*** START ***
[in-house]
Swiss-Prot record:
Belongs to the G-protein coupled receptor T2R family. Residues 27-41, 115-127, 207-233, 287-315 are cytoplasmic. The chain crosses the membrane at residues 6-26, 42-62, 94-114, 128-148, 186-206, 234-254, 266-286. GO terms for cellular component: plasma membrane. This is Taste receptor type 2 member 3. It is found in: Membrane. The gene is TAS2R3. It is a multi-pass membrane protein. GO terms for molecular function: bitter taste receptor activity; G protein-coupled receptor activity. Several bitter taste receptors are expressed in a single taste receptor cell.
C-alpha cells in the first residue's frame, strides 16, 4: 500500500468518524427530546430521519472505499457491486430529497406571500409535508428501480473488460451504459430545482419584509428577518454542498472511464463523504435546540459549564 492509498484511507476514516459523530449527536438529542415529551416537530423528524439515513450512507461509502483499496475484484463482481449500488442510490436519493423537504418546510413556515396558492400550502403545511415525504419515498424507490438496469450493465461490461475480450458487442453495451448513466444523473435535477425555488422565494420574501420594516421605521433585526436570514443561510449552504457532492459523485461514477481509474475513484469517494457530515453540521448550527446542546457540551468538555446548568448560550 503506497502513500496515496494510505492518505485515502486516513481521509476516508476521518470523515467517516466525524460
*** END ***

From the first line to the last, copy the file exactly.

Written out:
[in-house]
Swiss-Prot record:
Belongs to the G-protein coupled receptor T2R family. Residues 27-41, 115-127, 207-233, 287-315 are cytoplasmic. The chain crosses the membrane at residues 6-26, 42-62, 94-114, 128-148, 186-206, 234-254, 266-286. GO terms for cellular component: plasma membrane. This is Taste receptor type 2 member 3. It is found in: Membrane. The gene is TAS2R3. It is a multi-pass membrane protein. GO terms for molecular function: bitter taste receptor activity; G protein-coupled receptor activity. Several bitter taste receptors are expressed in a single taste receptor cell.
C-alpha cells in the first residue's frame, strides 16, 4: 500500500468518524427530546430521519472505499457491486430529497406571500409535508428501480473488460451504459430545482419584509428577518454542498472511464463523504435546540459549564 492509498484511507476514516459523530449527536438529542415529551416537530423528524439515513450512507461509502483499496475484484463482481449500488442510490436519493423537504418546510413556515396558492400550502403545511415525504419515498424507490438496469450493465461490461475480450458487442453495451448513466444523473435535477425555488422565494420574501420594516421605521433585526436570514443561510449552504457532492459523485461514477481509474475513484469517494457530515453540521448550527446542546457540551468538555446548568448560550 503506497502513500496515496494510505492518505485515502486516513481521509476516508476521518470523515467517516466525524460